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Exploring International Graduate Nursing Students' Experiences With, and Response to, the COVID-19 Pandemic and Public Health Measures in Canada: An Interpretive Descriptive Study.



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Background: The COVID-19 pandemic and public health measures affected international graduate nursing students in diverse ways. The COVID-19 pandemic brought about the closure of educational institutions and the migration to remote teaching and learning. These and related actions limited access to resources such as office spaces and library services for students. In addition, many international students who worked on and off-campus lost their jobs, triggering financial crises. The lockdown and ban on international travel to protect the public from the COVID-19 virus meant that international students could not leave Canada to visit their loved ones abroad. These restrictions had a potential to affect the wellbeing of international students. Aim: The aim of the study was to explore international graduate nursing students’ experiences with, and response to the COVID-19 pandemic and associated public health measures at a university in a Prairie Province. Method: Interpretive Description (ID) was used to explore the experiences of eight international graduate nursing students in a nursing program located in a Prairie Province, Canada. Semi-structured individual interviews were conducted with participants after which the data were then transcribed and analyzed using six phases of thematic analysis. Findings: The study yielded three major themes: a) COVID-19’s Disruptions; b) Coping with COVID-19 Disruptions; and c) Finding Meaning and Growing amid COVID-19’s Disruptions. Participants reported financial difficulties due to the loss of financial support and jobs. International students who continued working in essential services such as long-term care facilities at the peak of the pandemic were exposed to the COVID-19 infections, however; the jobs provided financial stability for them. International students reported fear and worry about loved ones abroad, as some developed symptoms of mental health disorders as a result. Conclusion: The COVID-19 pandemic affected international graduate nursing students’ wellbeing in various ways. Despite the impact on their wellbeing, they were resilient and continued their studies. They employed coping mechanisms such as talking to family members and friends via social media channels. Some also sought help from mental health specialists to mitigate difficult challenges of the COVID-19. Loss of community on campus may have been the most profound loss to the international graduate nursing students.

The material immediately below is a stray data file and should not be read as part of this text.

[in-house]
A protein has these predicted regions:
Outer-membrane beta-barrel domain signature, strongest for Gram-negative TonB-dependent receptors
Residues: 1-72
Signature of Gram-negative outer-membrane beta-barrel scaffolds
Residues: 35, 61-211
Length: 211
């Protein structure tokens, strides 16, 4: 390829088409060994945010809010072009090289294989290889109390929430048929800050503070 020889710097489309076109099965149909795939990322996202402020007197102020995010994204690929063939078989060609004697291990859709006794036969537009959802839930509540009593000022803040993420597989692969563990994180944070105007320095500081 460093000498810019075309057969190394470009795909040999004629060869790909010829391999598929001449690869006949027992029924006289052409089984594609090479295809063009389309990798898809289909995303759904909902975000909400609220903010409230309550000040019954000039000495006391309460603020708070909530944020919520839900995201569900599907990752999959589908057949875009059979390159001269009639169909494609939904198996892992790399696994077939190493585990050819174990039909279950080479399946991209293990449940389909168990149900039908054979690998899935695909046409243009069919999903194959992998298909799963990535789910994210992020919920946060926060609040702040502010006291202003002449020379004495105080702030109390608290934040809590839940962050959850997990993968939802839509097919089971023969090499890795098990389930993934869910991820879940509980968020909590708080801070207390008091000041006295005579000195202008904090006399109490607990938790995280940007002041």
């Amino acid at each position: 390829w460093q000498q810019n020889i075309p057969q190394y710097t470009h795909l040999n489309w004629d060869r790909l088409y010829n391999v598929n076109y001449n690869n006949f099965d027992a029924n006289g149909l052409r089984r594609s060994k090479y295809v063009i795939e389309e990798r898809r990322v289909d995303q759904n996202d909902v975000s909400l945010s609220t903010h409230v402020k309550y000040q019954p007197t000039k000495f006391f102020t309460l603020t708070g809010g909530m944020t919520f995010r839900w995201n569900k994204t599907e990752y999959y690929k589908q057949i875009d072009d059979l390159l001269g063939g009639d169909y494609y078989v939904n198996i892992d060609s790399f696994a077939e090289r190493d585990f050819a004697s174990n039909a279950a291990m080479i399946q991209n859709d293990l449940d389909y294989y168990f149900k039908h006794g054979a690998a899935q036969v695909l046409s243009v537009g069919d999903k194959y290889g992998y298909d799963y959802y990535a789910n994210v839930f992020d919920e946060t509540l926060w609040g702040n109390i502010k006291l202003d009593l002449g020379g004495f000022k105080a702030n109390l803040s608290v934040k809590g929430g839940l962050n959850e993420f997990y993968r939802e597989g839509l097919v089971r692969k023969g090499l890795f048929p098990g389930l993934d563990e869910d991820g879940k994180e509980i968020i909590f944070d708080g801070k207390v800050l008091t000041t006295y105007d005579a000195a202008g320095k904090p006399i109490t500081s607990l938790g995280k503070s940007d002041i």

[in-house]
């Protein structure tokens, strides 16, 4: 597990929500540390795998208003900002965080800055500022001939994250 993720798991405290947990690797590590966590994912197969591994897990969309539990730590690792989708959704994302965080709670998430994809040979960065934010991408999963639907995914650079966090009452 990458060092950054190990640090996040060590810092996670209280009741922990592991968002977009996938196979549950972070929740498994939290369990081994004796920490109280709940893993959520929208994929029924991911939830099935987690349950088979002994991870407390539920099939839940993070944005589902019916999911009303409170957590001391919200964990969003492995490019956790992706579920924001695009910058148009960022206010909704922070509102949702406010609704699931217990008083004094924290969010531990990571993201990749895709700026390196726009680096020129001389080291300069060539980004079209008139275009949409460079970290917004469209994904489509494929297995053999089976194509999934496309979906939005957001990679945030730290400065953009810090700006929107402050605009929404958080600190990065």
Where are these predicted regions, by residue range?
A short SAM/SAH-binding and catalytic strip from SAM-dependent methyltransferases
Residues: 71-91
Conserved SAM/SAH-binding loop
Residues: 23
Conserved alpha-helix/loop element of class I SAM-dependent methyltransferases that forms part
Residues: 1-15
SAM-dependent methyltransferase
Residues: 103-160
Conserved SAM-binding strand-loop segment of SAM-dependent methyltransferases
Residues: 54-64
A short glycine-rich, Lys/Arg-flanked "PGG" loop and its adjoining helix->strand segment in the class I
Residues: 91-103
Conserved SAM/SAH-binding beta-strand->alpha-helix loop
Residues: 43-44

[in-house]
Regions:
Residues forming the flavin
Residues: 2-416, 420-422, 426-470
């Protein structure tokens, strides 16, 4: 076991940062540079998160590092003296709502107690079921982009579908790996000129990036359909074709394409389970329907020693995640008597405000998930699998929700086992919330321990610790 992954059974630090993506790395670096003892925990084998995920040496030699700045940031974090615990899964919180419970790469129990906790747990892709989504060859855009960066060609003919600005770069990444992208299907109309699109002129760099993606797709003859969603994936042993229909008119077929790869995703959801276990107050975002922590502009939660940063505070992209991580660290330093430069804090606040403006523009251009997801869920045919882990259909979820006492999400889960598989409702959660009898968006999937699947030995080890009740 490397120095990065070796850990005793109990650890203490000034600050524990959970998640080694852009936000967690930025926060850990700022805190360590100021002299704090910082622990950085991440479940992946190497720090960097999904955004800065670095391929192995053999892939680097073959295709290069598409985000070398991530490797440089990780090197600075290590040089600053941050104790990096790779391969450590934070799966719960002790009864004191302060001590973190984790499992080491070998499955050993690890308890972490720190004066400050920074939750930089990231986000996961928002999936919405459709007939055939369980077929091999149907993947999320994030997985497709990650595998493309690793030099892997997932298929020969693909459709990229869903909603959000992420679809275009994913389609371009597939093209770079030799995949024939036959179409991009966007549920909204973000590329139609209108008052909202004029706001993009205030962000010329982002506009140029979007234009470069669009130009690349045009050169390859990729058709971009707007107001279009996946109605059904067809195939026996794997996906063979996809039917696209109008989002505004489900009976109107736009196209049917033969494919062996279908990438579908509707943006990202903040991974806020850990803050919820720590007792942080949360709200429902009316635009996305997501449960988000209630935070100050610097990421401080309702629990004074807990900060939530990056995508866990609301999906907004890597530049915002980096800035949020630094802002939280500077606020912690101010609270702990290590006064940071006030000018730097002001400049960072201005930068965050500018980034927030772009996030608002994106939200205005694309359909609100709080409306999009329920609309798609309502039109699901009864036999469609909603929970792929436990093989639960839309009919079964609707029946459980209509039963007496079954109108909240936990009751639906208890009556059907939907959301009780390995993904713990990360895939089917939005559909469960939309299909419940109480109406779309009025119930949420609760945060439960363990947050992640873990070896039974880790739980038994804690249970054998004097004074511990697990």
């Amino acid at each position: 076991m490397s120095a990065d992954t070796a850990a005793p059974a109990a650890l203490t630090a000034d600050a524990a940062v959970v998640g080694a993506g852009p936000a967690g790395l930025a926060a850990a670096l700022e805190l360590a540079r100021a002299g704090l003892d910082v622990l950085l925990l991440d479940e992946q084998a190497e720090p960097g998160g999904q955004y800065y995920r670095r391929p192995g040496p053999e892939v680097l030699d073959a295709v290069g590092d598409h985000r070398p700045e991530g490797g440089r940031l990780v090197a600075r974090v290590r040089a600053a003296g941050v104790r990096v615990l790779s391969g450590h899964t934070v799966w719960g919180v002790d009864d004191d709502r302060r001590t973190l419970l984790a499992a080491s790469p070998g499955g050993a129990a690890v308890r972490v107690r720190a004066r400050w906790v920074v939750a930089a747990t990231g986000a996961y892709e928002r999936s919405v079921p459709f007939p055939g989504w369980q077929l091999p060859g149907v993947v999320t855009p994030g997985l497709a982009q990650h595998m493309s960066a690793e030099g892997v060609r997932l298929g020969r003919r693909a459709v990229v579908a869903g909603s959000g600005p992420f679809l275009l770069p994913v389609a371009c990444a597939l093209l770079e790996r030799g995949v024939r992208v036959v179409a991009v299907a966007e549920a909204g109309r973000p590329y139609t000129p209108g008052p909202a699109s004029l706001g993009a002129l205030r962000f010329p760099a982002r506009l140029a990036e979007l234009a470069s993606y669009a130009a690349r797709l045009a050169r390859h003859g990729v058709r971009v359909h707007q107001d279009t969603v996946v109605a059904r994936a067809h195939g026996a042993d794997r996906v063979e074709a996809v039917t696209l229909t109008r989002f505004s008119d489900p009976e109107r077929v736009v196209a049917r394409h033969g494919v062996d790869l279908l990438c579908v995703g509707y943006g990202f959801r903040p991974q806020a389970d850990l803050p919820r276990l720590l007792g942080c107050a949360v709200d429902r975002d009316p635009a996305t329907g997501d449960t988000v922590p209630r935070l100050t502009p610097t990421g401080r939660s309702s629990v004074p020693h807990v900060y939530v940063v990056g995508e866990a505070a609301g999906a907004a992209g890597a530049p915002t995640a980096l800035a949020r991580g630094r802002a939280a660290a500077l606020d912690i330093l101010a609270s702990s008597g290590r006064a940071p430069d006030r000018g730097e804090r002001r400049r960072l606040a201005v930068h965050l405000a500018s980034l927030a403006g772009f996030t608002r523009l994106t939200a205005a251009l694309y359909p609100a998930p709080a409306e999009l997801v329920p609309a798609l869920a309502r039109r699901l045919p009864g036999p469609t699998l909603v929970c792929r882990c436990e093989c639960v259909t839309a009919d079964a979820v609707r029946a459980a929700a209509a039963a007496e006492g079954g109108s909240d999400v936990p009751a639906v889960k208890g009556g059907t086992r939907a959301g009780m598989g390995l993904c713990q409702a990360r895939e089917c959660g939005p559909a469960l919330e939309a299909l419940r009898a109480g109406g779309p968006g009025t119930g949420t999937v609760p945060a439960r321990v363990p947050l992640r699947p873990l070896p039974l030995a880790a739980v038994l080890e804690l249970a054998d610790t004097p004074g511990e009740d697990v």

COVID-19, pandemic, international graduate nursing students, Interpretive Descriptive.



Master of Nursing (M.N.)






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